From Bass Guitarist In British Band, Funkapolitan Touring With Simple Minds, Bob Marley And The Clash, To Welder And Self-taught Industrial Designer
Imagine a rocking chair inspired by an illustration of a cat’s skeleton (Bolide Chaise, 1988); a sofa, its snaking curve reconfigured from a child’s electric racing car track (Serpentine Sofa 2003,) or light fixture based upon the reflection in an astronaut’s helmet. (Copper Shade, 2005)
These are the product of British industrial designer, Tom Dixon’s genius – albeit sometimes an eccentric one. And yet, there is always an extraordinary method to his madness. He’s still an obsessive tinkerer, a hold-over from the 80s when, not touring in his band, Funkapolitan, Dixon repaired motorcycles, welding scrap materials together to create functional objects. In 1987, a doodle of a chicken was transformed into the S-Chair catapulting Dixon from self -production into luxury Italian manufacturing.
The ever dapper Tom Dixon, 57 just returned to London after a whirlwind opening of his brand in two new stores of his design in NYC’s Soho neighbourhood and in LA’s Culver City. The latter, located in Platform, an innovative retail collective boasting a 30,000-sq-foot indoor -outdoor oasis, is a fusion of Dixon’s furnishings with fashion boutique, Curve.
In April, Dixon was front and centre at Milan Design Week, partnering with Caesarstone for his four sculptural quartz kitchens, The Restaurant, installed in a 17th Century church. Inspired by “Earth”, “Water”, “Air” and “Fire,” each fully functioning kitchen echoes its corresponding element – chop, freeze, steam and char.
“From the outset, we briefed Tom with different locations around the globe to give attention and a unique identity to each kitchen,” explains Eli Feiglin, VP of Marketing at Caesarstone, the world’s leading supplier of quartz for countertops and bathrooms. Head office is located on Kibbutz Sdot Yam among the Roman ruins of ancient Caesarea, Israel.
His angular Caesorstone “Water” Kitchen was unveiled in Toronto at the 2015 Interior Design Show. Dixon designed chairs and tables to resemble jagged chunks of floating ice on Canada’s Great Lakes.
“I mean, there’s no secret that the kitchen is the most popular place at parties: everybody is a mini celebrity chef these days!” quips Dixon.
This month, Tom Dixon headlines the North American debut of his Caesarstone “Fire” Kitchen at IDS-Vancouver, The Interior Design Show September 22-25. As in Milan, a local chef will prepare blazing samples for Exhibition-goers and Dixon partners with Inform Interiors for a pop-up store.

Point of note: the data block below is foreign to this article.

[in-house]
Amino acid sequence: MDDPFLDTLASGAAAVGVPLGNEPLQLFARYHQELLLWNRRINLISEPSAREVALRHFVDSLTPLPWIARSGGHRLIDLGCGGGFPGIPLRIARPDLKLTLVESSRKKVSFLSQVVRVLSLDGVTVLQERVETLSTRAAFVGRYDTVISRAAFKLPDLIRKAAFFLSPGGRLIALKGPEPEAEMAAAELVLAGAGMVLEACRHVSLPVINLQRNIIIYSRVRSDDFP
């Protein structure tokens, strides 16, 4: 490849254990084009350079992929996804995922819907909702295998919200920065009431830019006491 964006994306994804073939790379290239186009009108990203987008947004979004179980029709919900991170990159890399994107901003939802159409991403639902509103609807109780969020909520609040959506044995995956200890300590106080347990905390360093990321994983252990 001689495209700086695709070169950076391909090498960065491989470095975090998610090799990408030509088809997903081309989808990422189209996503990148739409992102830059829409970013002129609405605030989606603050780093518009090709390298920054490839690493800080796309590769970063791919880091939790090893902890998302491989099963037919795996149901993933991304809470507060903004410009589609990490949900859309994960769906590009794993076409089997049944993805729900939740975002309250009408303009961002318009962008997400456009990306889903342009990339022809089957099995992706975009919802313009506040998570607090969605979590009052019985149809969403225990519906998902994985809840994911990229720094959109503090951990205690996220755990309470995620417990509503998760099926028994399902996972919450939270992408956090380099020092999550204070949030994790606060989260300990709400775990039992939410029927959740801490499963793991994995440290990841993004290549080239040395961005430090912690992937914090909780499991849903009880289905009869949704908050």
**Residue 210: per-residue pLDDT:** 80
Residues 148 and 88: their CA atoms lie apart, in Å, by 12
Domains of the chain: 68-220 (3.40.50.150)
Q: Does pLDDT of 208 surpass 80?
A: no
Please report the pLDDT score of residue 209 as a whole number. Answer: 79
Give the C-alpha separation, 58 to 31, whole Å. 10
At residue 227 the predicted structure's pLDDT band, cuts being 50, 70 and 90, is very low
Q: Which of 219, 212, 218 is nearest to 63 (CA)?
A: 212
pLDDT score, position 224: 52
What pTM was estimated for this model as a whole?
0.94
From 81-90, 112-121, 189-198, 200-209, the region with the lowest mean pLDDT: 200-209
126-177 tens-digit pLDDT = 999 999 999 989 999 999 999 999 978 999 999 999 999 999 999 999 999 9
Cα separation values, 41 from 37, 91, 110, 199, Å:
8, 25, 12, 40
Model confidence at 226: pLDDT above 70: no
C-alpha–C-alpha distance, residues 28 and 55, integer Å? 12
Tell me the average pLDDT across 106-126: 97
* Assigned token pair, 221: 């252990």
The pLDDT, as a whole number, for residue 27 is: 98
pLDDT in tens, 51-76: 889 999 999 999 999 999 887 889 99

Does the man ever sleep?
“I learned a long time ago to not try and control everything and just try and create an environment where people can get on with their jobs with a strong direction, so that makes it easier to delegate and therefore to sleep,” admits Dixon.
The former creative director of Sir Terence Conran’s Habitat, he started his own brand in 2002 and Interior Design Division the following year. Tom Dixon headquarters on Portobello Dock, London resembles a film set; a spectacular renovated Victorian industrial building (former digs of Virgin Records,) and includes a showroom, Dock Restaurant and retail shop.
Married with two children, Dixon purchased and converted an 80-year-old cylindrical water tower into a modernist home in 2009. Six flights of stairs later (no elevator,) it’s no wonder he rents it out.
A voracious reader and historical researcher often match-making heritage elements with his futuristic designs, Dixon’s Design Research Studio recently transformed a Regency building on The Strand overlooking Trafalgar Square into the Bronte Restaurant. Inspired by Admiral Horatio Nelson, Duke of Bronte, atop the famous Nelson’s Column, his Dukeship would probably be scandalized by the spectacular pink and green interiors but would certainly be impressed with Dixon’s OBE: Officer of the Most Excellent Order of the British Empire.
Dixon’s works are in permanent collections of the world’s most prestigious museums. His portfolio boasts a number of high-profile interior projects including Jamie Oliver’s London restaurant Barbecoa, Harrods Café (Tom Dixon Sandwich), McCann World Group NYC and the 360 Room Mondrian London at Sea Containers House.
For a man who has spent a lifetime re-inventing himself, I asked Dixon if he’s at all affected by global competition?
“Yep – (it’s) increasingly competitive but also endlessly re-inventible as it’s a constantly evolving landscape from a technical perspective and it’s a very rich and fertile field in terms of the theatrical possibilities,” he tells me. “I feel like I am only just starting to scratch the surface of all the inherent potential in the field.”